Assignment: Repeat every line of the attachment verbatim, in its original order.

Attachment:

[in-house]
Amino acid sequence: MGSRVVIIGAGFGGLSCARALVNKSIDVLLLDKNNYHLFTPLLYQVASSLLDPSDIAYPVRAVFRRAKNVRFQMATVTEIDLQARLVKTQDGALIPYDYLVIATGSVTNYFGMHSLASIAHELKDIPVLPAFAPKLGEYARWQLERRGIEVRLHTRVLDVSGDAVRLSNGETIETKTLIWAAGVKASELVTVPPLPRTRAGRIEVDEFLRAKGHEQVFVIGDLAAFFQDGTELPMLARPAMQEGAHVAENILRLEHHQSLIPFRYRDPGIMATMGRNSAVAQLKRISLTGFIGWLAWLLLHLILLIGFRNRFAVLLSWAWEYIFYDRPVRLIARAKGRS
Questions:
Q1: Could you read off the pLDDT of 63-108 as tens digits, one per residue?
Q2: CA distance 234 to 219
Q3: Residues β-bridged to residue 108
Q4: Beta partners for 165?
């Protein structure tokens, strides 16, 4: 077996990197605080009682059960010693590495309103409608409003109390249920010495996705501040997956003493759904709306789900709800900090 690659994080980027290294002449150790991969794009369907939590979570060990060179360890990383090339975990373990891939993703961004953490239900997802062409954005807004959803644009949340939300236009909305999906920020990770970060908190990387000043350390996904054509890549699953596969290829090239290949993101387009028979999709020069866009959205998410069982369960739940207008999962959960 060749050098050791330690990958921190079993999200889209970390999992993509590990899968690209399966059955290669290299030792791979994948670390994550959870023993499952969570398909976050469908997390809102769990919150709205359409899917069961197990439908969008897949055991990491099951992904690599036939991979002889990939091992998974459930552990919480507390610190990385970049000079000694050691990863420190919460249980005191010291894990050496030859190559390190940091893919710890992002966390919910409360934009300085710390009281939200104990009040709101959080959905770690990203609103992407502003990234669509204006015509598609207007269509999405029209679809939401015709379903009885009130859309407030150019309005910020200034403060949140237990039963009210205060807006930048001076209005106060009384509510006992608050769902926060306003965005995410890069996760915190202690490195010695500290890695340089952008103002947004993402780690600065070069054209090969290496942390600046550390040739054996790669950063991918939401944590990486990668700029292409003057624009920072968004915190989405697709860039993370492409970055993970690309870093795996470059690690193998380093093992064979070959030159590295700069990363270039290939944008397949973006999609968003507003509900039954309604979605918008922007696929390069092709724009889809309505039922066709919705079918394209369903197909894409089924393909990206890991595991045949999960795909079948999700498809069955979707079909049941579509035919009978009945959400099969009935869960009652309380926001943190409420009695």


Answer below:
[in-house]
Amino acid sequence: MGSRVVIIGAGFGGLSCARALVNKSIDVLLLDKNNYHLFTPLLYQVASSLLDPSDIAYPVRAVFRRAKNVRFQMATVTEIDLQARLVKTQDGALIPYDYLVIATGSVTNYFGMHSLASIAHELKDIPVLPAFAPKLGEYARWQLERRGIEVRLHTRVLDVSGDAVRLSNGETIETKTLIWAAGVKASELVTVPPLPRTRAGRIEVDEFLRAKGHEQVFVIGDLAAFFQDGTELPMLARPAMQEGAHVAENILRLEHHQSLIPFRYRDPGIMATMGRNSAVAQLKRISLTGFIGWLAWLLLHLILLIGFRNRFAVLLSWAWEYIFYDRPVRLIARAKGRS
Questions:
Q1: Could you read off the pLDDT of 63-108 as tens digits, one per residue?
Q2: CA distance 234 to 219
Q3: Residues β-bridged to residue 108
Q4: Beta partners for 165?
């Protein structure tokens, strides 16, 4: 077996990197605080009682059960010693590495309103409608409003109390249920010495996705501040997956003493759904709306789900709800900090 690659994080980027290294002449150790991969794009369907939590979570060990060179360890990383090339975990373990891939993703961004953490239900997802062409954005807004959803644009949340939300236009909305999906920020990770970060908190990387000043350390996904054509890549699953596969290829090239290949993101387009028979999709020069866009959205998410069982369960739940207008999962959960 060749050098050791330690990958921190079993999200889209970390999992993509590990899968690209399966059955290669290299030792791979994948670390994550959870023993499952969570398909976050469908997390809102769990919150709205359409899917069961197990439908969008897949055991990491099951992904690599036939991979002889990939091992998974459930552990919480507390610190990385970049000079000694050691990863420190919460249980005191010291894990050496030859190559390190940091893919710890992002966390919910409360934009300085710390009281939200104990009040709101959080959905770690990203609103992407502003990234669509204006015509598609207007269509999405029209679809939401015709379903009885009130859309407030150019309005910020200034403060949140237990039963009210205060807006930048001076209005106060009384509510006992608050769902926060306003965005995410890069996760915190202690490195010695500290890695340089952008103002947004993402780690600065070069054209090969290496942390600046550390040739054996790669950063991918939401944590990486990668700029292409003057624009920072968004915190989405697709860039993370492409970055993970690309870093795996470059690690193998380093093992064979070959030159590295700069990363270039290939944008397949973006999609968003507003509900039954309604979605918008922007696929390069092709724009889809309505039922066709919705079918394209369903197909894409089924393909990206890991595991045949999960795909079948999700498809069955979707079909049941579509035919009978009945959400099969009935869960009652309380926001943190409420009695």